December 3, 2015
The first segment of a cycleway (a special path intended primarily for use by bicyclists) was opened in the city of Auckland on New Zealand’s North Island. This route, which is known as the Nelson Street Cycleway, also includes sections that can be used for both bicycling and walking.
This initial portion of the Nelson Street Cycleway starts at Upper Queen Street and continues via Canada Street to a longtime and previously unused off-ramp on Nelson Street that had been built for motor vehicles as part of Auckland’s Central Motorway Junction. This link in the route is followed by a stretch that runs along the left side of Nelson Street for three blocks and has been partitioned from motor vehicle traffic to help guarantee greater safety for bicyclists.
The Nelson Street Cycleway came into existence due to widespread demands for more cycling infrastructure in that region of New Zealand. Simon Bridges, minister of transport, added the development of the Cycleway to his department’s list of projects in January 2015. The partnership for creating it consisted of the NZ Transport Agency; the Auckland Council (the city’s governing body); and Auckland Transport (a council-controlled organization responsible for transportation services in Auckland).
Those people giving speeches at the December 3 inaugural festivities for the Cycleway were Bridges; Ernst Zöllner, the NZ Transport Agency’s regional director for Auckland; Chris Darby, a member of the Auckland Council; and Barbara Cuthbert, chairperson of the advocacy group Bike Aukland (formerly called Cycle Action Auckland). Matti Maihi of the Ngāti Whātua tribe on North Island performed a blessing on the new route.
In his remarks that day, Bridges told the enthusiastic crowd that the Nelson Street Cycleway would be the “jewel in Auckland’s crown.” He also said, “This is a great day for Auckland’s inner-city cycling network. The cycleway, which has been built in the midst of Auckland’s central motorway junction, is New Zealand’s most ambitious piece of urban cycling infrastructure ever built.” After a ceremonial ribbon was cut, a group of schoolchildren rode their bicycles on the newly opened cycleway. They were soon followed by adults traveling on the path by bicycle or foot.
Without question, the most unique feature of the Cycleway making its debut that day is the refurbished surface of the former motorway off-ramp. This curved surface, which continues to serve as one of the cycleway’s major linkages, was painted bright pink and fitted with flashing LED lights. This juncture of the Cycleway remains a popular fixture and is widely referred to as Lightpath or the Pink Path. Another noteworthy feature along the route is a 520-foot (160-meter)-long bridge connecting the former off-ramp to Canada Street. This structure has become widely known as the Canada Street Bridge.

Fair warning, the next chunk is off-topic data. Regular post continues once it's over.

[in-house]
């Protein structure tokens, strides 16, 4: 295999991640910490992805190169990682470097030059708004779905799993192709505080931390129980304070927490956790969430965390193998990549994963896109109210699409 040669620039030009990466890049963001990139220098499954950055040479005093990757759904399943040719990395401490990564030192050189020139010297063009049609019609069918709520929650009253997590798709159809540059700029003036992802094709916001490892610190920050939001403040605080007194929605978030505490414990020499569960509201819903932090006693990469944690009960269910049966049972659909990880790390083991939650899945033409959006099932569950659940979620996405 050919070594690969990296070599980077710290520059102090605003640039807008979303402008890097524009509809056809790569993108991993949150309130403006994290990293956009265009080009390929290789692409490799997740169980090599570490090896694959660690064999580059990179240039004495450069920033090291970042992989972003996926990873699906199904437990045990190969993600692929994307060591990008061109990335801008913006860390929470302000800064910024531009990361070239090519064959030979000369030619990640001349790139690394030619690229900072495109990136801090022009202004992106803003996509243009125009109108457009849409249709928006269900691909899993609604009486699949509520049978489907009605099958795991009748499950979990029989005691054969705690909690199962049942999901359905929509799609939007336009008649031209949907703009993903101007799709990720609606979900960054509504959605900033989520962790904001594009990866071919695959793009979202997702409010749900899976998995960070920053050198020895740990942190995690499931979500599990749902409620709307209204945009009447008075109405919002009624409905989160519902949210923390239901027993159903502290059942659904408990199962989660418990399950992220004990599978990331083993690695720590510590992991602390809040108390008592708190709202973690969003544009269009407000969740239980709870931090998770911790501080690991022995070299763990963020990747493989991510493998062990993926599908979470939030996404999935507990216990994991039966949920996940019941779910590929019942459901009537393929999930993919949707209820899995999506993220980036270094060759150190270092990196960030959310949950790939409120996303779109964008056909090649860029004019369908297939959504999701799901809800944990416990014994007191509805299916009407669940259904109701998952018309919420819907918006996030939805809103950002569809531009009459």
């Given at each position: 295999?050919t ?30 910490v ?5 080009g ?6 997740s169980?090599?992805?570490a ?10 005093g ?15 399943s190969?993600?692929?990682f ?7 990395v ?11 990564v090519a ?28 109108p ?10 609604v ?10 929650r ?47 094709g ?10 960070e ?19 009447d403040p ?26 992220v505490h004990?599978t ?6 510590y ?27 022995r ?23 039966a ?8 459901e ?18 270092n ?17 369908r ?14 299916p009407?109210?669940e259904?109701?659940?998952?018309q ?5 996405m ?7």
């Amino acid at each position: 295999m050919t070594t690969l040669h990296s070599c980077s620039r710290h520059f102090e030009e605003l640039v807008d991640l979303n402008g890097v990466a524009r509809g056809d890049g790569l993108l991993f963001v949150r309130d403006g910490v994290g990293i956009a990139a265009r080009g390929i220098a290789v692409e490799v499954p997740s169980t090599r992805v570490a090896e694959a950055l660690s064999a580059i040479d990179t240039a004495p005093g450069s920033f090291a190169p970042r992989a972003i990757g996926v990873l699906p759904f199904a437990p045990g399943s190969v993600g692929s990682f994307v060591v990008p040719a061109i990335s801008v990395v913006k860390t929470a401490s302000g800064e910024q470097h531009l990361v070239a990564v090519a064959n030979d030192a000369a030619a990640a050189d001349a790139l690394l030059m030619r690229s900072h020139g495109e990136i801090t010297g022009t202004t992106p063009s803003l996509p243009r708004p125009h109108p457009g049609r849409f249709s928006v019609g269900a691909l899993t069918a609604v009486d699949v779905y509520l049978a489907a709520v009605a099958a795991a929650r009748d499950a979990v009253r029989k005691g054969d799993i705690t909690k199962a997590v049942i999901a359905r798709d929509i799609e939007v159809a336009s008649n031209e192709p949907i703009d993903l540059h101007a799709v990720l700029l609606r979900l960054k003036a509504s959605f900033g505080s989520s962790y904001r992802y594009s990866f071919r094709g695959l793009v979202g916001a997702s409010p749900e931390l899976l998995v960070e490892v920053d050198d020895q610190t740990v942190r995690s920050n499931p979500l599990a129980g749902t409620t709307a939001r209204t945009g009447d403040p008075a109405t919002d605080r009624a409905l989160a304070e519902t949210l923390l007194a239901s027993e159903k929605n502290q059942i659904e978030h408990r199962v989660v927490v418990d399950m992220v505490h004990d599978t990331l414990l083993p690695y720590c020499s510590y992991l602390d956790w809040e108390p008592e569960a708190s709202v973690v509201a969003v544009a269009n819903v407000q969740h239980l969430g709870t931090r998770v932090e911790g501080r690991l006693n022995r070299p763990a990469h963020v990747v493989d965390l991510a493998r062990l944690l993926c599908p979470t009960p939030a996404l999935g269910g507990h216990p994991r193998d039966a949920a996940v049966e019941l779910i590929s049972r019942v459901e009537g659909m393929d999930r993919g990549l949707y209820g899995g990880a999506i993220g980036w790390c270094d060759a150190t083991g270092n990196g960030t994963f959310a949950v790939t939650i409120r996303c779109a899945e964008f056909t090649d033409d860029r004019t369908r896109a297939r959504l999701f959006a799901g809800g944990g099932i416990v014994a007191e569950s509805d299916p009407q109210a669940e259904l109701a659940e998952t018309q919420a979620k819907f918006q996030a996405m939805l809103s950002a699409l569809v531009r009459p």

The Nelson Street Cycleway has become a heavily traveled route for active transportation in Auckland. Less than a year after the first segment of the cycleway was opened, an average of 750 bicyclists were riding on it each day. The cycleway has been the recipient of several awards. In 2016, for example, the New Zealand division of the Institute of Public Works Australasia presented the team responsible for building the cycleway with an Excellence Award in the category of Best Public Works Project. That same year, the architects who designed the Canada Street Bridge for the cycleway received the Chicago Athenaeum Museum of Architecture and Design Award.
In 2017, the Nelson Street Cycleway was extended to Victoria Street West in Auckland. Additional plans to extend the route even further are still under development.
For more information on the Nelson Street Cycleway and the opening of its first segment, please check out https://www.nzherald.co.nz/nz/news/article.cfm?c_id=1&objectid=11555287 and https://en.wikipedia.org/wiki/Nelson_Street_Cycleway.
A video about the cycleway is available at https://www.youtube.com/watch?v=61m9wzkxgXg.
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